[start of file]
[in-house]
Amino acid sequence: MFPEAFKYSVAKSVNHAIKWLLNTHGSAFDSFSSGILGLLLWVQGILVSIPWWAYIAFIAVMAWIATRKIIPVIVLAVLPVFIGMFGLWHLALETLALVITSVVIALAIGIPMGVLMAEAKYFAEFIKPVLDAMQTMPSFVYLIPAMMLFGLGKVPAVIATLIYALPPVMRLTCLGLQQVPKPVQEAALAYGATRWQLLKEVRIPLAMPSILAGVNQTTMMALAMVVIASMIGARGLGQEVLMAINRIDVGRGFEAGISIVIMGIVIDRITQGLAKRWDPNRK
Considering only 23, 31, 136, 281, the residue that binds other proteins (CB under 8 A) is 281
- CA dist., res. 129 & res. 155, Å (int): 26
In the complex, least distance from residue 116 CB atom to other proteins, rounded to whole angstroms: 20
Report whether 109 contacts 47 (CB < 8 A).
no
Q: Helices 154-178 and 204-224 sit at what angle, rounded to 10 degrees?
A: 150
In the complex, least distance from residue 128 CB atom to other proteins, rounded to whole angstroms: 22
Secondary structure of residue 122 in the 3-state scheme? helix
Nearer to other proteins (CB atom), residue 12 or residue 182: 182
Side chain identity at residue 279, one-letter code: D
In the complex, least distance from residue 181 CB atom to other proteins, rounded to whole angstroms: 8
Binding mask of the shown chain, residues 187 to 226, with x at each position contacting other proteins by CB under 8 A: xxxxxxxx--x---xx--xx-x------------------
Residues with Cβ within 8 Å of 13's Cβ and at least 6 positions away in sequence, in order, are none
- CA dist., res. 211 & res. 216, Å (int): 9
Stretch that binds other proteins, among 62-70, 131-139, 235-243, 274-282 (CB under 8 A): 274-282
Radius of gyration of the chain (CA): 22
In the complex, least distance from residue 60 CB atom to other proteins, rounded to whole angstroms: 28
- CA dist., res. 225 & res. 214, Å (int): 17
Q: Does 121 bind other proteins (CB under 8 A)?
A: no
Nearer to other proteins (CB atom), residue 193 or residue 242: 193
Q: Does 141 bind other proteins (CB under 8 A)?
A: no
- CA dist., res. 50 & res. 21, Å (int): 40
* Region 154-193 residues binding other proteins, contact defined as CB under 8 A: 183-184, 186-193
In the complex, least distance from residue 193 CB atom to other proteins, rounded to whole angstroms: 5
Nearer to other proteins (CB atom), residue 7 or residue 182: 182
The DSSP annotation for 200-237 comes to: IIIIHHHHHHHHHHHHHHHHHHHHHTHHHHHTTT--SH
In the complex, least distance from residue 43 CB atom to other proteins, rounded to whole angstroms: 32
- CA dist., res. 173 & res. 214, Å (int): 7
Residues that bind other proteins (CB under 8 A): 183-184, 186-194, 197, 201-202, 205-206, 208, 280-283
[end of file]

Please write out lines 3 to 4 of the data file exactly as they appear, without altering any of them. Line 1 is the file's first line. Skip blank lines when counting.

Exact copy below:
Considering only 23, 31, 136, 281, the residue that binds other proteins (CB under 8 A) is 281
- CA dist., res. 129 & res. 155, Å (int): 26